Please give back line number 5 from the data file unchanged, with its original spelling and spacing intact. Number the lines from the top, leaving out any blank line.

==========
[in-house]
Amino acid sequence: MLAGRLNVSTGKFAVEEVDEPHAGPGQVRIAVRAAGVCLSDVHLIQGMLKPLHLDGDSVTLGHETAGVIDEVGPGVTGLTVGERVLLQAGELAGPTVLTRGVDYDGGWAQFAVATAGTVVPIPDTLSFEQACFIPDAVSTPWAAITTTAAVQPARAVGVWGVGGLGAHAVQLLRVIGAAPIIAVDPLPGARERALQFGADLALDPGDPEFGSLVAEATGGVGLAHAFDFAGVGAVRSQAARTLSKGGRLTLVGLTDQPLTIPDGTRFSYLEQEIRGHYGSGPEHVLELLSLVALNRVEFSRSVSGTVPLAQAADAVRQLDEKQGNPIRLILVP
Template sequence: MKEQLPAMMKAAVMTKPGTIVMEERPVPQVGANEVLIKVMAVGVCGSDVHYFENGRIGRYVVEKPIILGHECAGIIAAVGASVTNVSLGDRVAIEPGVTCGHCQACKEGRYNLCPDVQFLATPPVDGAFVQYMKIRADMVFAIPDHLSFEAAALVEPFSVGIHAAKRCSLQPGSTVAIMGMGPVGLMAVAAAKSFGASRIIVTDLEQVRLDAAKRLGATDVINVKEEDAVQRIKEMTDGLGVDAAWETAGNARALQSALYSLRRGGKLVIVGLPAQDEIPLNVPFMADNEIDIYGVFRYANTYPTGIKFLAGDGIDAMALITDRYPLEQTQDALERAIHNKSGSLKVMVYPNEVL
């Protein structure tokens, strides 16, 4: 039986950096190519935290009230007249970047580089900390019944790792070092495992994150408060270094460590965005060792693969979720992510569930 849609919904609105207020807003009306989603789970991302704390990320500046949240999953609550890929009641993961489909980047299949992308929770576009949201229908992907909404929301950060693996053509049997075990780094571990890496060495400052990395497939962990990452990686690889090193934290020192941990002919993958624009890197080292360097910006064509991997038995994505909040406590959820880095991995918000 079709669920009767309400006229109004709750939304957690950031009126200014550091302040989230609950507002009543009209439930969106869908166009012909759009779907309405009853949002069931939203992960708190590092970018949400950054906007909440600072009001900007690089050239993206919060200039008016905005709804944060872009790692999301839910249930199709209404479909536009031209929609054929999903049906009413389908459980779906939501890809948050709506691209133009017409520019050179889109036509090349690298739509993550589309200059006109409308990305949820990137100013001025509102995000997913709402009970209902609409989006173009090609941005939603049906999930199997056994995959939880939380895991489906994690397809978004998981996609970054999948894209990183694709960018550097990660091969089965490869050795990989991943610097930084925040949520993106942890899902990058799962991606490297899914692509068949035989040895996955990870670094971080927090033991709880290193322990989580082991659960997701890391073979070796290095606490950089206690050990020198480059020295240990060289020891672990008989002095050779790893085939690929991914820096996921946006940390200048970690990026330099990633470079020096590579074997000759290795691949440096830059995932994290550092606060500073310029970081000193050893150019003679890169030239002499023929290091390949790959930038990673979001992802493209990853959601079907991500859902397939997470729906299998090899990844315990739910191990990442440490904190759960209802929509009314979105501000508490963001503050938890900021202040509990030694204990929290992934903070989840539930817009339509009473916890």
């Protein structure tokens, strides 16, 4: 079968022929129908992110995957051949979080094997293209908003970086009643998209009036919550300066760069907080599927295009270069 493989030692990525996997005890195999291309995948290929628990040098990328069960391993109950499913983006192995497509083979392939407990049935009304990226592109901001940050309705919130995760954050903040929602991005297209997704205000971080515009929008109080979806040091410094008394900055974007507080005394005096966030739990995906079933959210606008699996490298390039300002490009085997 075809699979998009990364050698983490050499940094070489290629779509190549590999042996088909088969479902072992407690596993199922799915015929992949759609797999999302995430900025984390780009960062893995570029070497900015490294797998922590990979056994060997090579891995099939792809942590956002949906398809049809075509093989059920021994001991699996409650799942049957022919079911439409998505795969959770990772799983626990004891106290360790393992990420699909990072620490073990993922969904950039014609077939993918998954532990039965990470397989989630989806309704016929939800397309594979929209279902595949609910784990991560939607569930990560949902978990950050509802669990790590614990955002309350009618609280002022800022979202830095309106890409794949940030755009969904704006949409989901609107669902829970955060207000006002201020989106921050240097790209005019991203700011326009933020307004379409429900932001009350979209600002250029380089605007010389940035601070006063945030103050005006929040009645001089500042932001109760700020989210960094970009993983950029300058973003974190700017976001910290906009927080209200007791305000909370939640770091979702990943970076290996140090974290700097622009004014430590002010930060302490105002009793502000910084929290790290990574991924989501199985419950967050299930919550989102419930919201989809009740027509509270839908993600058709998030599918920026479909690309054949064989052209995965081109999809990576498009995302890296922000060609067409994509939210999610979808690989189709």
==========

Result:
């Protein structure tokens, strides 16, 4: 079968022929129908992110995957051949979080094997293209908003970086009643998209009036919550300066760069907080599927295009270069 493989030692990525996997005890195999291309995948290929628990040098990328069960391993109950499913983006192995497509083979392939407990049935009304990226592109901001940050309705919130995760954050903040929602991005297209997704205000971080515009929008109080979806040091410094008394900055974007507080005394005096966030739990995906079933959210606008699996490298390039300002490009085997 075809699979998009990364050698983490050499940094070489290629779509190549590999042996088909088969479902072992407690596993199922799915015929992949759609797999999302995430900025984390780009960062893995570029070497900015490294797998922590990979056994060997090579891995099939792809942590956002949906398809049809075509093989059920021994001991699996409650799942049957022919079911439409998505795969959770990772799983626990004891106290360790393992990420699909990072620490073990993922969904950039014609077939993918998954532990039965990470397989989630989806309704016929939800397309594979929209279902595949609910784990991560939607569930990560949902978990950050509802669990790590614990955002309350009618609280002022800022979202830095309106890409794949940030755009969904704006949409989901609107669902829970955060207000006002201020989106921050240097790209005019991203700011326009933020307004379409429900932001009350979209600002250029380089605007010389940035601070006063945030103050005006929040009645001089500042932001109760700020989210960094970009993983950029300058973003974190700017976001910290906009927080209200007791305000909370939640770091979702990943970076290996140090974290700097622009004014430590002010930060302490105002009793502000910084929290790290990574991924989501199985419950967050299930919550989102419930919201989809009740027509509270839908993600058709998030599918920026479909690309054949064989052209995965081109999809990576498009995302890296922000060609067409994509939210999610979808690989189709």